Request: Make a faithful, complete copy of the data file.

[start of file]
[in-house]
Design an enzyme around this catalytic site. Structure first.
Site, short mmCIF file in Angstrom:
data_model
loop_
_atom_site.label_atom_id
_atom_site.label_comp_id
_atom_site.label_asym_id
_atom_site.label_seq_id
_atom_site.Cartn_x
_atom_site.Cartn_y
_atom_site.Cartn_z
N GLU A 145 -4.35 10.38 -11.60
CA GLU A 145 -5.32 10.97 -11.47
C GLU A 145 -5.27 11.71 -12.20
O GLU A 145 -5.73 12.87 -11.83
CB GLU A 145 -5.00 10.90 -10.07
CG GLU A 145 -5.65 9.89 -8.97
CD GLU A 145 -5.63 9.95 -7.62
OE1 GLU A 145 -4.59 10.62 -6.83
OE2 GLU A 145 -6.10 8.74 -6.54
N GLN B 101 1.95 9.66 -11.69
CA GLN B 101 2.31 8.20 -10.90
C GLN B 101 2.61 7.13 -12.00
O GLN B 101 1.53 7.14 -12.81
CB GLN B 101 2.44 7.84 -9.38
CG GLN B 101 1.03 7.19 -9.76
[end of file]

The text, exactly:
[in-house]
Design an enzyme around this catalytic site. Structure first.
Site, short mmCIF file in Angstrom:
data_model
loop_
_atom_site.label_atom_id
_atom_site.label_comp_id
_atom_site.label_asym_id
_atom_site.label_seq_id
_atom_site.Cartn_x
_atom_site.Cartn_y
_atom_site.Cartn_z
N GLU A 145 -4.35 10.38 -11.60
CA GLU A 145 -5.32 10.97 -11.47
C GLU A 145 -5.27 11.71 -12.20
O GLU A 145 -5.73 12.87 -11.83
CB GLU A 145 -5.00 10.90 -10.07
CG GLU A 145 -5.65 9.89 -8.97
CD GLU A 145 -5.63 9.95 -7.62
OE1 GLU A 145 -4.59 10.62 -6.83
OE2 GLU A 145 -6.10 8.74 -6.54
N GLN B 101 1.95 9.66 -11.69
CA GLN B 101 2.31 8.20 -10.90
C GLN B 101 2.61 7.13 -12.00
O GLN B 101 1.53 7.14 -12.81
CB GLN B 101 2.44 7.84 -9.38
CG GLN B 101 1.03 7.19 -9.76